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Tarbet blogviating on timeless books

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Old Main, USU

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PHILOSOPHY BOWLING RESULTS

• Is the world eternal? YES
• Do humans have contra-causal free will (i.e., can humans do otherwise)? NO
• Is beauty in the eye of the beholder? YES
• Do humans have souls? YES
• Are there natural rights? YES
• Is it morally permissible to eat meat? NO
• Is the unexamined life worth living? NO
• Is truth subjectivity? YES
• Is virtue necessary for happiness? YES
• Can a computer have a mind? YES
• Can humans know reality as it is in itself? YES
• Is hell other people? YES
• Can art be created accidentally? NO
• Can we change the past? NO
• Are numbers real? NO
• Is it always better to know the truth? YES

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As a proud Senior and a student aide, I argue to Freshmen (who are not listening, but deeply pondering their nipples) that there is definite value in reading about ancient lives because there is no such thing as time. Human nature (they start to lose attention) has always been and will always be the same thing. You can count on that. Every great book (their attention is now gone) has the basic elements of everything that makes up our current lives. Snatch some ancient Egyptians from 2500 years ago and sprinkle them onto the Moon with iPhones, and you tell me if their twitters aren’t all about who’s sleeping with whom, and who has the biggest cock. (Now their attention’s back.) Sex, death, war – these are things that eternally recur.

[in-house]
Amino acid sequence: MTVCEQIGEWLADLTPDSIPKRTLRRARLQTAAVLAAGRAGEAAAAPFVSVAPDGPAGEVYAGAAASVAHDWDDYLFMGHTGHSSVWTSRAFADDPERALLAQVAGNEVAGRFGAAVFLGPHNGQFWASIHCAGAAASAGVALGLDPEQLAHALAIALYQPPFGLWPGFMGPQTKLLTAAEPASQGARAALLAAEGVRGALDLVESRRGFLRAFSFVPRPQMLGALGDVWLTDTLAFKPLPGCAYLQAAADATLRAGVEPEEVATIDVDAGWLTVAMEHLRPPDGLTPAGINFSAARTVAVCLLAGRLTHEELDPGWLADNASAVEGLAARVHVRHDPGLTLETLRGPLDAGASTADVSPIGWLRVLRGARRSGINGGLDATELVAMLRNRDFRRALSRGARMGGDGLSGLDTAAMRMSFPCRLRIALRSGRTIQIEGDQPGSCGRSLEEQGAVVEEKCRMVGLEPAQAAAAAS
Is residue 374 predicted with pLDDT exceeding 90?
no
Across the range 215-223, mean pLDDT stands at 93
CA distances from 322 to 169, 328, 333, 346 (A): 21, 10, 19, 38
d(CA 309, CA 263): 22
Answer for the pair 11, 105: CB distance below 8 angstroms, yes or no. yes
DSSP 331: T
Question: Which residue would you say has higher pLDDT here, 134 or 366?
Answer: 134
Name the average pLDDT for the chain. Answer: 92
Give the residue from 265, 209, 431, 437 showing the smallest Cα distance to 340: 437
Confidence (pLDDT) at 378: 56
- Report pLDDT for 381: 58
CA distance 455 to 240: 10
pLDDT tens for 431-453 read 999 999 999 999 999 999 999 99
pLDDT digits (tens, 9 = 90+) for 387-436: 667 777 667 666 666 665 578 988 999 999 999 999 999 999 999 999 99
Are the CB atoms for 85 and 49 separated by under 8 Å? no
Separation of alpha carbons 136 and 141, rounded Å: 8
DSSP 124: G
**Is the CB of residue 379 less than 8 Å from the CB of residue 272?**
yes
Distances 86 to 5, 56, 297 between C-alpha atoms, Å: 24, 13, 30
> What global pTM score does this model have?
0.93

Read the rest here. (Glad to see the new blog for USU Classics and Literature!)

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